How Publishers Can Strengthen Their Social Media Efforts

How Publishers Can Strengthen Their Social Media EffortsHave you ever read a book, heard a song or watched a film that was so amazing and inspiring that you just had to share it with everyone you know? Before social media, this involved a lot of lending and borrowing. But with the start of Facebook in 2004, social media (Twitter, Pinterest, etc.) has made sharing your favorites a lot easier.

The statistics show a continually increasing social media revolution:

• More than 50 percent of adults (18 and over) use two or more social media sites.
• More than 90 percent of teens go online daily, with half that number checking their social media sites several times a day.
• Facebook continues to be the most popular site, followed by LinkedIn, Pinterest, Instagram and Twitter. In fact, Instagram just passed 400 million users, passing Twitter’s estimated 316 million.

Social integration is also of great use to e-commerce. Online sales will generate more than $370 billion by 2017, with referrals by the top social media sites bringing customers closer to converting visits into purchases. So, as an independent book publisher, how can you take advantage of social media through your online presence?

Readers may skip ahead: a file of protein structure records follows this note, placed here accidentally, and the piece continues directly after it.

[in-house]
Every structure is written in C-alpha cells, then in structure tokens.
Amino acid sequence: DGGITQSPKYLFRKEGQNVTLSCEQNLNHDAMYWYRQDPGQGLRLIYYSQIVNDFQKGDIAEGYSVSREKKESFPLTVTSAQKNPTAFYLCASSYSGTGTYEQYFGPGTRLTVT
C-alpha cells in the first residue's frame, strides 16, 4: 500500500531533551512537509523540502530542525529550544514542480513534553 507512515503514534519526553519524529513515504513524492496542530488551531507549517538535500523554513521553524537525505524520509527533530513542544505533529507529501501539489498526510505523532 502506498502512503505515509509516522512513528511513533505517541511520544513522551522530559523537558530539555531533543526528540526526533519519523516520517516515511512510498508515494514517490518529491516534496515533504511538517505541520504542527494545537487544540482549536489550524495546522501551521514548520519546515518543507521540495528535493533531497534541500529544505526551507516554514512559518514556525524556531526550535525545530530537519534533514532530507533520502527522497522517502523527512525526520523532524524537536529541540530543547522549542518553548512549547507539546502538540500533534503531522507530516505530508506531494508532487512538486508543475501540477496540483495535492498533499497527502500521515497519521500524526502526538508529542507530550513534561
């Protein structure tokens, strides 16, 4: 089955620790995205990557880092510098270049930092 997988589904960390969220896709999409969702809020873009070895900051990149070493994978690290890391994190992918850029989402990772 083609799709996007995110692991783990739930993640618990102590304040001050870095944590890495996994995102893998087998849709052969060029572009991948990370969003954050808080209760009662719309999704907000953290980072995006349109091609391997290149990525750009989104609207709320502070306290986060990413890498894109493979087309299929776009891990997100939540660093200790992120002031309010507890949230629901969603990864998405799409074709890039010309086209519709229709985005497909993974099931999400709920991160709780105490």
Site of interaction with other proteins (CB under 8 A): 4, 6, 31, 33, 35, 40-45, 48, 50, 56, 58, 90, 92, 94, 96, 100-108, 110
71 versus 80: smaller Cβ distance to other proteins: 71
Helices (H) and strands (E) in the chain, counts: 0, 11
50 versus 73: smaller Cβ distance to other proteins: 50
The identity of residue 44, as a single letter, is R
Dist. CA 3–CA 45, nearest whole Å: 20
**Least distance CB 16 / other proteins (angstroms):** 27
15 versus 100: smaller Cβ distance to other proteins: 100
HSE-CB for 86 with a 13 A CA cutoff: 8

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Transformation in Publishing Is Key Theme at DBW 16 (DBW)
The 7th Annual Digital Book World Conference + Expo (DBW) is focusing on transformation as one of its key themes with numerous speakers offering first-hand accounts of how their businesses are succeeding through and beyond publishing’s digital transformation. DBW 2016 is the premier event for book publishers and content providers of all sizes and business models. The event takes place March 7–9, 2016 at the New York Hilton Midtown in N.Y.C. DBW 2016 features an array of visionaries and influencers—both publishing leaders and pundits from outside the industry—who’ll share insights about transformation, as well as the digital-driven, global content market and how to capitalize on every opportunity.